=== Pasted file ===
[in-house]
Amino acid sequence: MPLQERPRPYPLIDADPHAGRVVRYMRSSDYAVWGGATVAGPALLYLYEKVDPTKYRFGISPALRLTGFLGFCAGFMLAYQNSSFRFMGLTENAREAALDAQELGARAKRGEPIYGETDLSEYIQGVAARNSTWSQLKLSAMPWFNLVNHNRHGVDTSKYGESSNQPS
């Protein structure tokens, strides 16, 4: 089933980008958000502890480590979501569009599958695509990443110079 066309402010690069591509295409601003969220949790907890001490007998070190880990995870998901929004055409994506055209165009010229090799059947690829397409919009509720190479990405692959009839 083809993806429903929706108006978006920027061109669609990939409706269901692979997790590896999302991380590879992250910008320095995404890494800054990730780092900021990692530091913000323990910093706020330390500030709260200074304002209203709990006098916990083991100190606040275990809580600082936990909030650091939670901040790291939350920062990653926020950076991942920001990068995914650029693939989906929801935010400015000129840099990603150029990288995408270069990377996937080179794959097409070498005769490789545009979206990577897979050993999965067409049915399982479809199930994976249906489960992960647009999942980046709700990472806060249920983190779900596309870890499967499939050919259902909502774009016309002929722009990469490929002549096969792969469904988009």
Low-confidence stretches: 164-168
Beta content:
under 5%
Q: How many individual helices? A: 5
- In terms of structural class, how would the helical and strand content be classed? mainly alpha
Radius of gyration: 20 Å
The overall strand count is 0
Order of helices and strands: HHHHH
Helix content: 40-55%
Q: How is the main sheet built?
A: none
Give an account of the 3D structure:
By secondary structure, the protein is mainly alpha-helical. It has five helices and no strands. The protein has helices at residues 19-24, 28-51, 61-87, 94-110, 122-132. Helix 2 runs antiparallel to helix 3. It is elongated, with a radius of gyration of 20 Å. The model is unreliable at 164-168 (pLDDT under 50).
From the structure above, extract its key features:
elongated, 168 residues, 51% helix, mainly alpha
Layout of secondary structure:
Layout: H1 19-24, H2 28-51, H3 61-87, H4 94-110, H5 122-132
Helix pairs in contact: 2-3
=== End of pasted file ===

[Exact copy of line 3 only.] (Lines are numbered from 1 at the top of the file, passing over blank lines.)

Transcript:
């Protein structure tokens, strides 16, 4: 089933980008958000502890480590979501569009599958695509990443110079 066309402010690069591509295409601003969220949790907890001490007998070190880990995870998901929004055409994506055209165009010229090799059947690829397409919009509720190479990405692959009839 083809993806429903929706108006978006920027061109669609990939409706269901692979997790590896999302991380590879992250910008320095995404890494800054990730780092900021990692530091913000323990910093706020330390500030709260200074304002209203709990006098916990083991100190606040275990809580600082936990909030650091939670901040790291939350920062990653926020950076991942920001990068995914650029693939989906929801935010400015000129840099990603150029990288995408270069990377996937080179794959097409070498005769490789545009979206990577897979050993999965067409049915399982479809199930994976249906489960992960647009999942980046709700990472806060249920983190779900596309870890499967499939050919259902909502774009016309002929722009990469490929002549096969792969469904988009």